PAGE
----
Using WebExtensions APIs in a "classic" extension

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So WebExtensions are the great new way to build Firefox extensions, and soon everybody creating a new extension should be using that over everything else. But what about all the people who already have extensions? How can one be expected to migrate a large extension to WebExtensions and still keep it working? Chances are that you will first spend tons of time rewriting your code, and then even more time responding to complains of your users because that rewrite introduced bugs and unintended changes.

I don’t want to see myself in that hell, a gradual migration is almost always a better idea. So I looked into ways to use WebExtensions APIs from my existing, “classic” extension. And – yes, it works. However, at this point the approach still makes many assumptions and uses internal APIs, so the code example below is merely a proof-of-concept and should be used with caution.

The good news, WebExtensions are currently implemented as a subset of bootstrapped extensions with a very simplistic bootstrap.js. Yay, it is merely creating an Extension instance – I can do that as well! Ok, it’s not quite as simple, and the final code (here based on Add-on SDK but can be done similarly from any extension) looks like this:


let self = require("sdk/self");
let unload = require("sdk/system/unload");
let {Ci, Cu} = require("chrome");

let {Services} = Cu.import("resource://gre/modules/Services.jsm", {});
let {Extension, ExtensionPage, Management} = Cu.import("resource://gre/modules/Extension.jsm", {});
let global = this;

function resolveURI(uri)
{
  if (typeof uri == "string")
    uri = Services.io.newURI(uri, null, null);
  if (uri.scheme == "resource")
  {
    let protoHandler = Services.io.getProtocolHandler("resource")
                                  .QueryInterface(Ci.nsIResProtocolHandler);
    return resolveURI(protoHandler.resolveURI(uri));
  }
  else
    return uri;
}

let extension = new Extension({
  id: self.id,
  version: self.version,
  resourceURI: resolveURI(self.data.url(""))
});
extension.startup().then(function()
{
  let context = new ExtensionPage(extension, {type: "background", contentWindow: global});
  let chrome = Management.generateAPIs(extension, context);
  chrome.tabs.query({active: true}, function(tabs)
  {
    chrome.tabs.executeScript(tabs[0].id, {
      code: "chrome.runtime.sendMessage(window.location.href)"
    });
    chrome.runtime.onMessage.addListener(function(message)
    {
      console.error(message);
    })
  });
}).catch(function(e)
{
  console.error(e);
});
unload.when(() => extension.shutdown());

This code will inject a content script into the current tab to retrieve its URL and print it to console (assuming that you have something loaded in the current tab that you are allowed to access and not about:addons for example, otherwise it will throw an obscure exception). Yes, it’s a very complicated way of doing it but I wanted to make sure that the messaging really works. But there clearly more details here worth explaining:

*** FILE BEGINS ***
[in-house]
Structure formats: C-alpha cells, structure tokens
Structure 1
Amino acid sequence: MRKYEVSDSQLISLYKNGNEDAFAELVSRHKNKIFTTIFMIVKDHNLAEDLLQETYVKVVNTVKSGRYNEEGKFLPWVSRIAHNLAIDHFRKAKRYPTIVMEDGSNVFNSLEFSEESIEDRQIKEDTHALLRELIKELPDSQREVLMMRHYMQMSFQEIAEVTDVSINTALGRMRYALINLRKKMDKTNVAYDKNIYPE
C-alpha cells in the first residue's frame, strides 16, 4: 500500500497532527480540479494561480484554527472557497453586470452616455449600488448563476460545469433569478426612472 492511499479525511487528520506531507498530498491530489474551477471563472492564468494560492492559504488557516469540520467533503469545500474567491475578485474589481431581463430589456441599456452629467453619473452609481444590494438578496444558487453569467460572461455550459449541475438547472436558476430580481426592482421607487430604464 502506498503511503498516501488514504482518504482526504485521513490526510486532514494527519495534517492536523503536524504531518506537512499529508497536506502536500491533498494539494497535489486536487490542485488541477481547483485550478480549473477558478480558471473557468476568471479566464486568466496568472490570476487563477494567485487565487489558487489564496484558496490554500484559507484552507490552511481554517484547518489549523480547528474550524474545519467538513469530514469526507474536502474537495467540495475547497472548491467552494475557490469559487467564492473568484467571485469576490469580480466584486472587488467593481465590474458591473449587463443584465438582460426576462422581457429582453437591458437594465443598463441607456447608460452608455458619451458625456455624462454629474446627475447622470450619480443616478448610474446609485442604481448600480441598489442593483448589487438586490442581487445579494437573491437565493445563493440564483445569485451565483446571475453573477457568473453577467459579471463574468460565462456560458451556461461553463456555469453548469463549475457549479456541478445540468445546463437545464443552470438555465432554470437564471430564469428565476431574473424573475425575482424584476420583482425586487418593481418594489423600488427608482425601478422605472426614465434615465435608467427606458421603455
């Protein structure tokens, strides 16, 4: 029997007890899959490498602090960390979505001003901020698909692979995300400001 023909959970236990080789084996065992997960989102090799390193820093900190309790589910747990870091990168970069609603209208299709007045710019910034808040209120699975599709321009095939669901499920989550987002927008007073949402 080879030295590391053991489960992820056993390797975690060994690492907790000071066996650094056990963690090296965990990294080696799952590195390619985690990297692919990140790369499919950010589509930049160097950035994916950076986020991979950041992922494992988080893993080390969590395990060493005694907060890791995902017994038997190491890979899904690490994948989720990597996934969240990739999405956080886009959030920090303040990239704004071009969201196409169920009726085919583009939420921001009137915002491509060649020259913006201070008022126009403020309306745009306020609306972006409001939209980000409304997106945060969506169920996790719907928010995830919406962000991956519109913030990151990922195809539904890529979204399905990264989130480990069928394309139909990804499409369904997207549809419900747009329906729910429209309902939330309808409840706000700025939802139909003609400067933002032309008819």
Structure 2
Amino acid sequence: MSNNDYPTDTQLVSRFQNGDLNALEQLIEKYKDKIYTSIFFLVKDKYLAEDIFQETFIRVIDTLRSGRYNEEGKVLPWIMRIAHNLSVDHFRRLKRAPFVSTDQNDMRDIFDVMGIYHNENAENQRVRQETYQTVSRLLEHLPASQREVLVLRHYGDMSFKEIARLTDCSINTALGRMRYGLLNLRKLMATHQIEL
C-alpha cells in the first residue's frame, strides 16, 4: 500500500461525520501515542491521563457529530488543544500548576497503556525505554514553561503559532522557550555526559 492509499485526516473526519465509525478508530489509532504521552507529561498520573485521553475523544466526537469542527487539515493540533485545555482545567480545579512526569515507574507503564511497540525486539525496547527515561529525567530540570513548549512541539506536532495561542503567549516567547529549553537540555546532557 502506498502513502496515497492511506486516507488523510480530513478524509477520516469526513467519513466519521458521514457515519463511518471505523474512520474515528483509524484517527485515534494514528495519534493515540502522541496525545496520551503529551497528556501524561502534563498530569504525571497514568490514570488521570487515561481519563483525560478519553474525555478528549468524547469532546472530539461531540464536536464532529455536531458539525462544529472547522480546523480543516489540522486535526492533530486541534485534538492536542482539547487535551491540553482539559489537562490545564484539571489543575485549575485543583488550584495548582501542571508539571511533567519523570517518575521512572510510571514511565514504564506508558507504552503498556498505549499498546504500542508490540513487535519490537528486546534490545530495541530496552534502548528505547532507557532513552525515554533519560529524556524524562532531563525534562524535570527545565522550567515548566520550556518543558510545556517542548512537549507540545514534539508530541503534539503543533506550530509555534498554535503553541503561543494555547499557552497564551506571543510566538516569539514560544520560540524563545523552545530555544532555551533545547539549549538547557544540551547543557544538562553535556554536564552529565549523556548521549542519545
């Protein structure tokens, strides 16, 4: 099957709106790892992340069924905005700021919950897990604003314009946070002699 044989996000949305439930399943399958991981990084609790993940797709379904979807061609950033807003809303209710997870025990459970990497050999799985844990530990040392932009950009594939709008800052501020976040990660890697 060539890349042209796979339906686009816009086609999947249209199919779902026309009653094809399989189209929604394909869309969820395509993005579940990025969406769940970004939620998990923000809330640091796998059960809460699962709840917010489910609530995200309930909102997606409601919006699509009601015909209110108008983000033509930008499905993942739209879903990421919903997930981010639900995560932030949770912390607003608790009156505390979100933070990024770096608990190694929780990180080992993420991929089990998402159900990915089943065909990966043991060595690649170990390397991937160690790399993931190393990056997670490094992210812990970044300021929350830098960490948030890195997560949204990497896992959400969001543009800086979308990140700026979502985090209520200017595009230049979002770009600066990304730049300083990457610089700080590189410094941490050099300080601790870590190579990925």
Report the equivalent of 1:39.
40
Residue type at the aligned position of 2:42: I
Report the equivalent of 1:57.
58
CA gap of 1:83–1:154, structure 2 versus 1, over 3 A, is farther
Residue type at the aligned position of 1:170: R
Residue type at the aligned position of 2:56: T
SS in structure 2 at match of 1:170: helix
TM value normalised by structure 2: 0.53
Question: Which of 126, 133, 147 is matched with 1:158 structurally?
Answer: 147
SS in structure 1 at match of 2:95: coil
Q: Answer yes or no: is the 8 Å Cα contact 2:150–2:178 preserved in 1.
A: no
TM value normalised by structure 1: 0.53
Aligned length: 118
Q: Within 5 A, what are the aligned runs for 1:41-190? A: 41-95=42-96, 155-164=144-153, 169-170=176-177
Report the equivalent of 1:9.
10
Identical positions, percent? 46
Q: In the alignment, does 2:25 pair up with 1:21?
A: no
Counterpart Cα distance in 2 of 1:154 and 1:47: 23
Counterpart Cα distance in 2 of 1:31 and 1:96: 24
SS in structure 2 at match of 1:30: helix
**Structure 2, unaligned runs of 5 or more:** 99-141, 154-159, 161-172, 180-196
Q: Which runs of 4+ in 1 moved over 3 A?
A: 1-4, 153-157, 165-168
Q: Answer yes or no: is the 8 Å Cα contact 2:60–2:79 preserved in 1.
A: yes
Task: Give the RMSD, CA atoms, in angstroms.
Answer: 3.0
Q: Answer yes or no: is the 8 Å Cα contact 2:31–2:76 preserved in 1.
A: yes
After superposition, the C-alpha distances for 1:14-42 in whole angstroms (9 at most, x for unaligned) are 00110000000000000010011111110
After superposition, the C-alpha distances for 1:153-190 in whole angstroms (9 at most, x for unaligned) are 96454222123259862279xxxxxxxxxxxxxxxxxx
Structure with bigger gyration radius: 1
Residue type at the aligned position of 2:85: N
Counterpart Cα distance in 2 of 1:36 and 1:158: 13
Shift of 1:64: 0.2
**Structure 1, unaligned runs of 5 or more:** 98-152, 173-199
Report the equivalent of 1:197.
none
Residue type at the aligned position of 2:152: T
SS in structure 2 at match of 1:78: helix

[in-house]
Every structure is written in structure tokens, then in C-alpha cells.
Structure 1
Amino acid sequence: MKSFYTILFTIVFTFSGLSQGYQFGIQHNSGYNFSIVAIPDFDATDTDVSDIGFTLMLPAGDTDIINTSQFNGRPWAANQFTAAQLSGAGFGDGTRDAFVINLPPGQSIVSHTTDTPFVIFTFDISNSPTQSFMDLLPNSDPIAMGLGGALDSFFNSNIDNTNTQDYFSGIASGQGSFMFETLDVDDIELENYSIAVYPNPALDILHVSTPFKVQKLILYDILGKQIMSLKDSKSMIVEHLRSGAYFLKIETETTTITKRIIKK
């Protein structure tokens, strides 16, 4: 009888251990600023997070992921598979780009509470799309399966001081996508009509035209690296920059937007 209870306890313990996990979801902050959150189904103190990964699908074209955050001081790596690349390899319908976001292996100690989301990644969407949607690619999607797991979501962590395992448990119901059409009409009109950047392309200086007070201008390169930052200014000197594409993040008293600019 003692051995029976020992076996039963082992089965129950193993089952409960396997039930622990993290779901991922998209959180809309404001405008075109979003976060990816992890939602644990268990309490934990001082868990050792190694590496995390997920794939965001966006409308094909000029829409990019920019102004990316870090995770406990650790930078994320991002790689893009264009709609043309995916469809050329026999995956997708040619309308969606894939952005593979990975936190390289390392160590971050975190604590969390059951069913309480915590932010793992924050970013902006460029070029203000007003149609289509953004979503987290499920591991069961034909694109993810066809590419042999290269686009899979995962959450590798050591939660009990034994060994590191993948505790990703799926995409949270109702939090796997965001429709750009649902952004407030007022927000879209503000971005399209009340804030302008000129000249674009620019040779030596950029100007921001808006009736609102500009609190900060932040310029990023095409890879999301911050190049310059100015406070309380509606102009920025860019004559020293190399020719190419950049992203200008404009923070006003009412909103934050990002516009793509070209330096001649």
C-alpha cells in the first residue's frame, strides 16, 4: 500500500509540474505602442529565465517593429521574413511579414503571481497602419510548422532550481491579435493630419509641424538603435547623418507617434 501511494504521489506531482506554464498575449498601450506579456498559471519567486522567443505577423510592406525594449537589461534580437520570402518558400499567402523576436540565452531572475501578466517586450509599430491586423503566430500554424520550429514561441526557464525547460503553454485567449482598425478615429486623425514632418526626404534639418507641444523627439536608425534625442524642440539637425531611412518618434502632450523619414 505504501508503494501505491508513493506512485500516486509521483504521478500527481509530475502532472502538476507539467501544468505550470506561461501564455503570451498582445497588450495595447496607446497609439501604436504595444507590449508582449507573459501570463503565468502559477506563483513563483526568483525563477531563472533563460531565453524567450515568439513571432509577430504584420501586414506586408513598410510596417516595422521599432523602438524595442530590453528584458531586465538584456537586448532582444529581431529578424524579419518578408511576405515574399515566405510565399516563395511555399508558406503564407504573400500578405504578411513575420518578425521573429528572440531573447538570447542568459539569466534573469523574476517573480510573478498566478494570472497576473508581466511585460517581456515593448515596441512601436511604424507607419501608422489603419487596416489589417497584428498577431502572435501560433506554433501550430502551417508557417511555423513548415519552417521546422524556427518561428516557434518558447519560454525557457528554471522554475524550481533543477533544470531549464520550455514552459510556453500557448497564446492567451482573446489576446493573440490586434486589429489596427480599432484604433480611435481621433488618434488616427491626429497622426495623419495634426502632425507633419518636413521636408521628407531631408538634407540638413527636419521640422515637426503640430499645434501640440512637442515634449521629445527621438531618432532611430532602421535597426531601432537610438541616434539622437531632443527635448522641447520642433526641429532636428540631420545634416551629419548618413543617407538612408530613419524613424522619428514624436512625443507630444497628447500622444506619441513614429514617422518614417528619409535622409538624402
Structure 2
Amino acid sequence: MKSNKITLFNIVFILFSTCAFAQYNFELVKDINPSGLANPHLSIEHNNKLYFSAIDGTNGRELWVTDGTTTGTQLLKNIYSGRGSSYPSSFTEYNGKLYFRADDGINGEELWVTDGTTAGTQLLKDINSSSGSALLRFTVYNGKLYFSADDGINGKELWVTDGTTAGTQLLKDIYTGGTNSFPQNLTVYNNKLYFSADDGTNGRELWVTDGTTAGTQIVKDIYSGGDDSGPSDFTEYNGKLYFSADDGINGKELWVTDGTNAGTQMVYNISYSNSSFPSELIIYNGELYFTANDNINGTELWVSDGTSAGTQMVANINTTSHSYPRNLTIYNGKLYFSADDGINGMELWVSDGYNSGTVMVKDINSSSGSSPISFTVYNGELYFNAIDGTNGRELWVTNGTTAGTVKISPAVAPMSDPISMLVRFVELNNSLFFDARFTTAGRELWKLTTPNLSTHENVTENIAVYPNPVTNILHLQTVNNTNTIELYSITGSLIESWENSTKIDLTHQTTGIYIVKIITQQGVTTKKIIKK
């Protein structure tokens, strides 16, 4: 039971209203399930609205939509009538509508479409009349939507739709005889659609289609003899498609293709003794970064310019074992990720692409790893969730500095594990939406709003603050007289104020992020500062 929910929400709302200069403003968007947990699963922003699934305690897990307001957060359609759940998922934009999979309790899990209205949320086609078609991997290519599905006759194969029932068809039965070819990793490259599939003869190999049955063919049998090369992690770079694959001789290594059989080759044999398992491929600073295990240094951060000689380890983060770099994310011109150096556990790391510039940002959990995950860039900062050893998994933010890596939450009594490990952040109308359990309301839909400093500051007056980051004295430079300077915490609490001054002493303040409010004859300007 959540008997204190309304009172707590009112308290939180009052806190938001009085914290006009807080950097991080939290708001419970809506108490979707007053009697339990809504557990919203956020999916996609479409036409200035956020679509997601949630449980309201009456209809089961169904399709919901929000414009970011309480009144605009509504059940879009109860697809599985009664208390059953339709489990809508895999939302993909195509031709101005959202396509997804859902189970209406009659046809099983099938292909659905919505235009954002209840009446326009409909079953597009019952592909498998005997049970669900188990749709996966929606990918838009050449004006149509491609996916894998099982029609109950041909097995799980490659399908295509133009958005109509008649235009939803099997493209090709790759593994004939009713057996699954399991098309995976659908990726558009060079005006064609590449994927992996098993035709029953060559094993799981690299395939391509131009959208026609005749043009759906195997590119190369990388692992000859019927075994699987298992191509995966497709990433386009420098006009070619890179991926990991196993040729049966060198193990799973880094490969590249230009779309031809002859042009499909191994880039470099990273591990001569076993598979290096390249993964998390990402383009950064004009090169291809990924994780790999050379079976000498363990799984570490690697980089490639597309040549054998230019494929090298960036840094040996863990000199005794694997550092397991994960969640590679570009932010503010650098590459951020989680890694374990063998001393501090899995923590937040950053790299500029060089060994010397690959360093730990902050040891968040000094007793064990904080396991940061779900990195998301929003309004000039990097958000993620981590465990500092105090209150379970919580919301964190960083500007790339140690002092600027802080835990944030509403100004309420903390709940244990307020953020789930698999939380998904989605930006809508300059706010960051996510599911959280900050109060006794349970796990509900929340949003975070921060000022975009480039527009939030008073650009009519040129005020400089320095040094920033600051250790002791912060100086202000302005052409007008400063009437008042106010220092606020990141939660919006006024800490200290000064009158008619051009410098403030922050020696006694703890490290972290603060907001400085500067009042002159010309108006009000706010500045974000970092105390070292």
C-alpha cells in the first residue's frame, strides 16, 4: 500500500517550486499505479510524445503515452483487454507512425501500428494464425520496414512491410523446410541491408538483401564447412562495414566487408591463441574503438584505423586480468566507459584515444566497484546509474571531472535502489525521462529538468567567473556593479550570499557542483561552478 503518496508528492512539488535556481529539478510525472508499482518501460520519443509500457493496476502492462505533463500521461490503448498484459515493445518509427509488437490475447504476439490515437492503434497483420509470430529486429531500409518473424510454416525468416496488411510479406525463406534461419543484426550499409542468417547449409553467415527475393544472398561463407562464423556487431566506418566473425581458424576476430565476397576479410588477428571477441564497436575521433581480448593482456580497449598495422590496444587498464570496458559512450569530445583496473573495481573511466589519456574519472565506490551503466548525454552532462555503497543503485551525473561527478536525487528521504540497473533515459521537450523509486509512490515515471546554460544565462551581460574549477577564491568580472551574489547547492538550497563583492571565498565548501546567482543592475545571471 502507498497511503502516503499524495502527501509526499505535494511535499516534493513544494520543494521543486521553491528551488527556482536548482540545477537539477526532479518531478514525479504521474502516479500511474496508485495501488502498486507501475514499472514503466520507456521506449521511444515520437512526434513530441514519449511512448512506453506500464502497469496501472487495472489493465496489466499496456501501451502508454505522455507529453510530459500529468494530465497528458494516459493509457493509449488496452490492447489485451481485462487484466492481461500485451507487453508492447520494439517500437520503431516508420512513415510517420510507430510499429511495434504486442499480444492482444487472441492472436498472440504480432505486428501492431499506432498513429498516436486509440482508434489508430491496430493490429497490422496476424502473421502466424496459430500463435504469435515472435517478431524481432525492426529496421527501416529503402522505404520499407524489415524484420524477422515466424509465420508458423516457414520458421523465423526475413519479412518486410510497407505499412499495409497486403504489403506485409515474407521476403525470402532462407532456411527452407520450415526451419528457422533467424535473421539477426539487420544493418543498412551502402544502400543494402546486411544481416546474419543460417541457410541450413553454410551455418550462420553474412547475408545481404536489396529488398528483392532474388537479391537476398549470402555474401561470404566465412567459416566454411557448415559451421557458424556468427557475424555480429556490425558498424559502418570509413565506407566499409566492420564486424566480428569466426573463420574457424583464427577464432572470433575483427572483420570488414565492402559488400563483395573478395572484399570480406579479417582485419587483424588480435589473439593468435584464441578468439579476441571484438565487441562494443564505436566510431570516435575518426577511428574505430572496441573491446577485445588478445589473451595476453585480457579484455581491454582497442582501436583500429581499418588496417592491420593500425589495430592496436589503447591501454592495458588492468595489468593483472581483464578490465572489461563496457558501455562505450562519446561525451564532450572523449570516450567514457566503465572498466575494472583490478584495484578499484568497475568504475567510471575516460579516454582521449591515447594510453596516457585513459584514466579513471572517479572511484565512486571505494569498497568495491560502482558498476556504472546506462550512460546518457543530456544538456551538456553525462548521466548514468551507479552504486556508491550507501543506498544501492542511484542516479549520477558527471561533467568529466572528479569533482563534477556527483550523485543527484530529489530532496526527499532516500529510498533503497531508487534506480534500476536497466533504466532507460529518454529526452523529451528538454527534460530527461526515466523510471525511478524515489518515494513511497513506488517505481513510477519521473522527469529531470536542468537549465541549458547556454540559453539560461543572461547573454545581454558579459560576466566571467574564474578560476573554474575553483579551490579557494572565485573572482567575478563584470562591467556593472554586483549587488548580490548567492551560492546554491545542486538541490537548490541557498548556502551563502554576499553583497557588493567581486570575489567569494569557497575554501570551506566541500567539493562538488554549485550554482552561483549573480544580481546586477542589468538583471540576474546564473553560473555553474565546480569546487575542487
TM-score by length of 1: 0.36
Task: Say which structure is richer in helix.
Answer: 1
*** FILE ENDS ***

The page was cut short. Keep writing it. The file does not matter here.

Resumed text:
• The parameter passed to the Extension parameter is fake boostrap data. The interesting part here is resourceURI – that’s where WebExtensions will consider the root of your extension to be, e.g. they will load manifest.json from that directory (make sure to declare "tabs" and "<all_urls>" permissions there). Content script URLs will also be resolved relative to it, so using the data/ directory makes sense for SDK-based extensions.
  • At the moment, resourceURI parameter has to be an nsIURI instance and it has to use the file: or jar: scheme, that’s why I have that relatively complicated resolveURI() function there.
  • ExtensionPage and Management aren’t actually exported by the module I’m importing there, these are internal API and will likely change in future (in fact, I doubt that the Extension class is really stable at this point).

I filed a bunch of bugs to make this simpler and more reliable, these are tracked under bug 1215035. The biggest issue now is backwards compatibility, somehow browser developers tend to forget that extensions cannot support only the latest nightly build. At the very least, the current and previous stable releases of Firefox are supported, often the latest ESR release as well. The first ESR release with WebExtensions support is expected to come out mid-April 2016, and somehow I don’t have the impression that Mozilla would let us wait until then with the WebExtensions adoption (it’s not really a good idea either because bugs about incomplete or faulty APIs need to be filed ASAP).

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Comments

  1. Noitidart

    Fun entry! It was so much easier to use SDK stuff in classic bootstrap:

    // Import SDK Stuff
    const COMMONJS_URI = ‘resource://gre/modules/commonjs’;
    const { require } = Cu.import(COMMONJS_URI + ‘/toolkit/require.js’, {});
    var child_process = require(‘sdk/system/child_process’);

    Reply from Wladimir Palant:

    Sure, but that possibility wasn’t there originally – it was added when the SDK matured. I expect the same to happen with WebExtensions.

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